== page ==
People lined up for early voting on Thursday Oct. 18, 2018 at the Cobb County West Park Government Center at 736 Whitlock Ave NW in Marietta JOHN SPINK/JSPINK@AJC.COM

Federal judge asked to ensure new US citizens can vote in Georgia

Civil rights groups are asking a federal judge to allow new Americans to vote in Georgia’s election if they show proof of citizenship.

The groups filed an emergency motion Friday asking the courts to intervene so that citizens inaccurately labeled as non-citizens can still vote in this year’s race for governor between Democrat Stacey Abrams and Republican Brian Kemp.

The voter registrations of more than 3,600 people have been put on hold in Georgia because their citizenship hasn’t been verified. These potential voters are among over 53,000 people whose registrations are pending because of the state’s “exact match” law requiring registration applications to match government records.

The “exact match” process relies on driver’s license records that aren’t always updated when a non-citizen becomes a citizen, according to the plaintiffs. Their court motion asks precinct workers to accept proof of citizenship at the polls, in addition to photo ID, which is already required to vote in Georgia.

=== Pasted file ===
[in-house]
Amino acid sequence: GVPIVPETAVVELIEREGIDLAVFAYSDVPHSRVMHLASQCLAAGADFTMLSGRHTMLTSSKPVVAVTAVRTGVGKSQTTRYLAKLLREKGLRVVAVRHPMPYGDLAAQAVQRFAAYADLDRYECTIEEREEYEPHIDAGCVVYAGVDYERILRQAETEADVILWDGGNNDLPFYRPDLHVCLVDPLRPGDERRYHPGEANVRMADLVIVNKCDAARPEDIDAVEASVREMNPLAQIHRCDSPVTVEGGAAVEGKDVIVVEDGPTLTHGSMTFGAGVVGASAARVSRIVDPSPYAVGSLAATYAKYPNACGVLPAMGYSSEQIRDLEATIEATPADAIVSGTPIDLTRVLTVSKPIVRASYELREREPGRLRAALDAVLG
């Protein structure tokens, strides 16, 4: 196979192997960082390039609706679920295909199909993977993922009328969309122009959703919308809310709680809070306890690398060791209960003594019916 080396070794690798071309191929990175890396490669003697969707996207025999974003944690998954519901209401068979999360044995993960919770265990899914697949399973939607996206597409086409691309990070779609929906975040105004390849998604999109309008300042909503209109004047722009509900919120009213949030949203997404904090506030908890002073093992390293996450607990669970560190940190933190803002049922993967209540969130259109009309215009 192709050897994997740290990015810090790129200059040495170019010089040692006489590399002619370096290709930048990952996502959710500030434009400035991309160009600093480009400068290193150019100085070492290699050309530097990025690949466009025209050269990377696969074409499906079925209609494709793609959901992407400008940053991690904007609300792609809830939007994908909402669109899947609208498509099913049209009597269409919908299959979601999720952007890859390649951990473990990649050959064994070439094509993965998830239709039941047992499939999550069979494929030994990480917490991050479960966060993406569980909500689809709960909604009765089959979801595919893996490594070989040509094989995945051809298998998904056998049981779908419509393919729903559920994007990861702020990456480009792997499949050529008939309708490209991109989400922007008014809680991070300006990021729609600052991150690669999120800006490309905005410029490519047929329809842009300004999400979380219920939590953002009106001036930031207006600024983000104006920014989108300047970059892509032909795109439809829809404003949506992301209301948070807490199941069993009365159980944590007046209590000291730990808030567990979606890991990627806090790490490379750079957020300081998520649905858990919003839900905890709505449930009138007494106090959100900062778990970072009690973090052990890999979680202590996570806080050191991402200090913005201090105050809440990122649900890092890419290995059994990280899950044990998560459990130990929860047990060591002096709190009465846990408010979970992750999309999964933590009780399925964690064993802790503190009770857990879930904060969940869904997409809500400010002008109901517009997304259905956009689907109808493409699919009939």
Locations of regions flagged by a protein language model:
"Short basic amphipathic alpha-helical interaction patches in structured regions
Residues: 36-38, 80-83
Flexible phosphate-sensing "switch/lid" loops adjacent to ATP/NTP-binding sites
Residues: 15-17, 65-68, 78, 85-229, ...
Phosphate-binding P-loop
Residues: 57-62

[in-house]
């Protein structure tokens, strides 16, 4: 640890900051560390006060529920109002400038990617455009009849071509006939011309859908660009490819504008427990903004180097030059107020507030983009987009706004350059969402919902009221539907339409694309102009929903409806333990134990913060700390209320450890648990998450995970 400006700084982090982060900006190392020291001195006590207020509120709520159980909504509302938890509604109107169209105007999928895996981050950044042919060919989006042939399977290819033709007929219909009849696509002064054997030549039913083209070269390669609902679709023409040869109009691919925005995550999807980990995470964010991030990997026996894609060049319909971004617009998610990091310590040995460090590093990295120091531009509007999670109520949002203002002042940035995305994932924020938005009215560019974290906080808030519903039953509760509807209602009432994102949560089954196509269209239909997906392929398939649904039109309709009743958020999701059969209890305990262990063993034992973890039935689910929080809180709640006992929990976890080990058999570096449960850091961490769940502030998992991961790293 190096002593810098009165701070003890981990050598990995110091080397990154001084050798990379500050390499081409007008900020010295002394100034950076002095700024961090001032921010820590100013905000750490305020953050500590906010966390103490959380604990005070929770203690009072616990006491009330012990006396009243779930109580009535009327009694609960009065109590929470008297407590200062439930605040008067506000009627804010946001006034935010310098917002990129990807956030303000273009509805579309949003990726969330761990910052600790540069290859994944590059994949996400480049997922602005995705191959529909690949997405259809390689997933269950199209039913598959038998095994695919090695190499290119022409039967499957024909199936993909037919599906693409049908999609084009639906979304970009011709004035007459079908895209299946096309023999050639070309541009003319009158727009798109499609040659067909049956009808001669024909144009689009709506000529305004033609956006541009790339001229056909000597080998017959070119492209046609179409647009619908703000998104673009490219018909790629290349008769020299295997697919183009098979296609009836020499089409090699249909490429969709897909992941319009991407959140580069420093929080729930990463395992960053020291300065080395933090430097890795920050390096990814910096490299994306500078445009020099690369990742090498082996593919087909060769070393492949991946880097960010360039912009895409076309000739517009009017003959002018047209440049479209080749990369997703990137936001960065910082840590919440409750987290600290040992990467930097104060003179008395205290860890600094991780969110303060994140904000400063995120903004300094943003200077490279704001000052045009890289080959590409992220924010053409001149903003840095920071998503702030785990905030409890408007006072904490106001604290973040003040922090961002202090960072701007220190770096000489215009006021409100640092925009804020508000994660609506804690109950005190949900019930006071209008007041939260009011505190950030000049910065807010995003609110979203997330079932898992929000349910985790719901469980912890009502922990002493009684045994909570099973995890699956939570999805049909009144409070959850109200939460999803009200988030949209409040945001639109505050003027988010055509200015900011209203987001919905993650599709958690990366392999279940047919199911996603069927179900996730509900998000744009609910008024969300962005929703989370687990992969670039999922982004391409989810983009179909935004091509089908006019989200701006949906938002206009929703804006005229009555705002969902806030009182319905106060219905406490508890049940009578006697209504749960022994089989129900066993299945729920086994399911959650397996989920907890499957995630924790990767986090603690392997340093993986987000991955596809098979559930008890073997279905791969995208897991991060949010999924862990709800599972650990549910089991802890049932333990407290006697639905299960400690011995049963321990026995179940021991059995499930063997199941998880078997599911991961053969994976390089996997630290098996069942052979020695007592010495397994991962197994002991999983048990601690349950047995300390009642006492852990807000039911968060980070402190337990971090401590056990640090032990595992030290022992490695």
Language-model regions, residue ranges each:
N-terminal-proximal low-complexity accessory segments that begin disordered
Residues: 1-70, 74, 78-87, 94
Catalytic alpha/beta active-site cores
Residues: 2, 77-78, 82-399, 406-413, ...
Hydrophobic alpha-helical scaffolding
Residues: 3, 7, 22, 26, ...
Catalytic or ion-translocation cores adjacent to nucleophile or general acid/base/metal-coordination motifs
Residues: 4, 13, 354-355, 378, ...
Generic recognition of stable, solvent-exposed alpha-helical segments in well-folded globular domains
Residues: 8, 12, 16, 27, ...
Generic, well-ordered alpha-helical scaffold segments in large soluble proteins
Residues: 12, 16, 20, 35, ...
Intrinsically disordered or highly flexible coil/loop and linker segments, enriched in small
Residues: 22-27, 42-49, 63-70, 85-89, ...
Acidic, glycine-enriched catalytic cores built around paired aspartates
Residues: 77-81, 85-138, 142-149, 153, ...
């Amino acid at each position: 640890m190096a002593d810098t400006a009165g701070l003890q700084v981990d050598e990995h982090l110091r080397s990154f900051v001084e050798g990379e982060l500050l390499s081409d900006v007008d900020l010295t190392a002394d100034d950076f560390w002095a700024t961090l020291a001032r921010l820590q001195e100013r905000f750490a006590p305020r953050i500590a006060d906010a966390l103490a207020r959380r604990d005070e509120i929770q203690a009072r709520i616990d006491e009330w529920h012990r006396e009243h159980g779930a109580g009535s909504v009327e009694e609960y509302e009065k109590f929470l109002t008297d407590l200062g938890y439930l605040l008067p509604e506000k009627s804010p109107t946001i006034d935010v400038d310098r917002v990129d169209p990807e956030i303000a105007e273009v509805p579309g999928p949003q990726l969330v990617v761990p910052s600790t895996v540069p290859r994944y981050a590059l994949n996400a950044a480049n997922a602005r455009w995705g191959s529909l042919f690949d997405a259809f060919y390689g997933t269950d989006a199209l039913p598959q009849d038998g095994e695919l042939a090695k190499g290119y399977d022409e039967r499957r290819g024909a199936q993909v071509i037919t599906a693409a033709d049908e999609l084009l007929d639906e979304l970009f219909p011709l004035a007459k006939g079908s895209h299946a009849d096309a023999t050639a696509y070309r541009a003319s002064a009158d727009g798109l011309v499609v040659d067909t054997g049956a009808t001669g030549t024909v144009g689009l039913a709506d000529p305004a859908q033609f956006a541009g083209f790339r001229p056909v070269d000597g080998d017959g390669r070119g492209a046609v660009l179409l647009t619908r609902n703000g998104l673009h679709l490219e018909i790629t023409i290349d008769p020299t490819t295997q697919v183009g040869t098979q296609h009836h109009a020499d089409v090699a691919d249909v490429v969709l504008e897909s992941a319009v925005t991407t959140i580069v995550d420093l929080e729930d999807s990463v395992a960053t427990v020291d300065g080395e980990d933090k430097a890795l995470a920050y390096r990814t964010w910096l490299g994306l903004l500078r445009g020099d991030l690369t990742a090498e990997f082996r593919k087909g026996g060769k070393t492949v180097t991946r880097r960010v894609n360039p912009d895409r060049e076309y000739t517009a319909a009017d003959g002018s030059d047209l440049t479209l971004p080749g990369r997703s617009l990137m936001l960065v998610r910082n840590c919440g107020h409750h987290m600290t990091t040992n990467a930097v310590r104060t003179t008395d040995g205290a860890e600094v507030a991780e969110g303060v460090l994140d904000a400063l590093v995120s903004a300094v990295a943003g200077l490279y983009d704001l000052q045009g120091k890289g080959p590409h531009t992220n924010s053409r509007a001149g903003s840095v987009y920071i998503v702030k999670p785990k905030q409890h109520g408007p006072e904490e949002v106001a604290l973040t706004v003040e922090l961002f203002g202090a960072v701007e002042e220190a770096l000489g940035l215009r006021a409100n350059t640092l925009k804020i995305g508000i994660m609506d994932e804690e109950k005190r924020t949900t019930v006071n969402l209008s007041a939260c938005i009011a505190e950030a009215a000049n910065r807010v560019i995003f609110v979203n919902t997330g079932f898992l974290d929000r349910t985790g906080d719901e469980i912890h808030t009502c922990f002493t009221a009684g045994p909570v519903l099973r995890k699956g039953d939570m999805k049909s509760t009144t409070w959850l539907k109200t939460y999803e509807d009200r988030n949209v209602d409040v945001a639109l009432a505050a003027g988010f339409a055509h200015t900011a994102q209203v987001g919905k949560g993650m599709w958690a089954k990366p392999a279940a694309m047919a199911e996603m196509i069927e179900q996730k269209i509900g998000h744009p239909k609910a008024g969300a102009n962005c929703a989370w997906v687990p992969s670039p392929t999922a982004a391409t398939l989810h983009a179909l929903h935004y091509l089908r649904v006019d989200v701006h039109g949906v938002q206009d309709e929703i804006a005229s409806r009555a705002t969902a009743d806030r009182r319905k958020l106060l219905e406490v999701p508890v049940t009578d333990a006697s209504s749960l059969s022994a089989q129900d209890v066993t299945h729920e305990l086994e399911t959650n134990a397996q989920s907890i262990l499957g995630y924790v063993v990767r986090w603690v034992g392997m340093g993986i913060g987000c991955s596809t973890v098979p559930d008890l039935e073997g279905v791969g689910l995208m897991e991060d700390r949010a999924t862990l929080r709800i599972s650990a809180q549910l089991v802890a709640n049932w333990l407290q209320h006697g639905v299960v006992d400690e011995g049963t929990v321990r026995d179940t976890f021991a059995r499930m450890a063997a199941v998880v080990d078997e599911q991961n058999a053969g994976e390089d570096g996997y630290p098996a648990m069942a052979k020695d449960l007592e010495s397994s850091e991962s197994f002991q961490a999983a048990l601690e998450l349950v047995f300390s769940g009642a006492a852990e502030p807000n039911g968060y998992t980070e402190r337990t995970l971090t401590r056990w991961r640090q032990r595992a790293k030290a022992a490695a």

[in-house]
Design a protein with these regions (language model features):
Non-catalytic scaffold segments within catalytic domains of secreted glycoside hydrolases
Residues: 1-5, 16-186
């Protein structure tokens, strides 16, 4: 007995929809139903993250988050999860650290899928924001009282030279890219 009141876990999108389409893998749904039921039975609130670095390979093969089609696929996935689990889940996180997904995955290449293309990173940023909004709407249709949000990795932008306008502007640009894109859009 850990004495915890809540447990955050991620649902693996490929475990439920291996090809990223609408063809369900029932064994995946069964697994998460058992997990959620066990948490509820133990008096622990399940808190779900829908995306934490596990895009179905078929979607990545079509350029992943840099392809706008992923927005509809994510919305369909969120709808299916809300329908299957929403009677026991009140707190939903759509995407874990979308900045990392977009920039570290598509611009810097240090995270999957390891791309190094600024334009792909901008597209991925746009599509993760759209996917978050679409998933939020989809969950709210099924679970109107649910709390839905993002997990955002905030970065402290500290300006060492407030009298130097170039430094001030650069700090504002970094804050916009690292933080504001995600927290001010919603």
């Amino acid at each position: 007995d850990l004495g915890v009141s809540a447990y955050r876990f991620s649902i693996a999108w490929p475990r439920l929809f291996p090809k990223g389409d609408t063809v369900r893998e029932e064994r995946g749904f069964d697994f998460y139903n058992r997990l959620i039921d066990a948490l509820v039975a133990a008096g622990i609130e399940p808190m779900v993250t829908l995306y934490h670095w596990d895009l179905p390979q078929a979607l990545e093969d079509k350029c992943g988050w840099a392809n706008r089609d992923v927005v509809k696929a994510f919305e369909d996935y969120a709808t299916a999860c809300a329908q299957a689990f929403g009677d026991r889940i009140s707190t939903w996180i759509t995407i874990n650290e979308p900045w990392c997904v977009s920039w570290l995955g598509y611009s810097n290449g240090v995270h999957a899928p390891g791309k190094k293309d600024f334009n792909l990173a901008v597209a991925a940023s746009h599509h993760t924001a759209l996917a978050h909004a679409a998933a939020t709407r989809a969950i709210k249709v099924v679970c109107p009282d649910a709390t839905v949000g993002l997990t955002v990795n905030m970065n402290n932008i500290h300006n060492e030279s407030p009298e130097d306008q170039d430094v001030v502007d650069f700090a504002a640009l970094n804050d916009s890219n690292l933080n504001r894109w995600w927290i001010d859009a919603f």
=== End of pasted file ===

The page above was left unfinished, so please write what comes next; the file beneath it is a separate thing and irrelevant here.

“The voters impacted by this process are often newly naturalized citizens voting for the first time,” said Danielle Lang, an attorney for the Campaign Legal Center. “We should be welcoming them to our political community, not interrogating them.”

The emergency motion is part of a lawsuit filed last week that challenges Georgia’s “exact match” law. A hearing on the motion has been scheduled for Oct. 29.

Anyone who verifies their eligibility to vote, either when they go to vote or beforehand, will be be able to cast a regular ballot on Georgia’s touchscreen voting machines. 

Kemp’s campaign said Abrams’ allies are trying to use the courts to appeal to unauthorized immigrants.

“Her network is filing lawsuits and staging publicity stunts to force those flagged as ‘non citizens’ on the voter rolls,” said Kemp spokesman Ryan Mahoney. 

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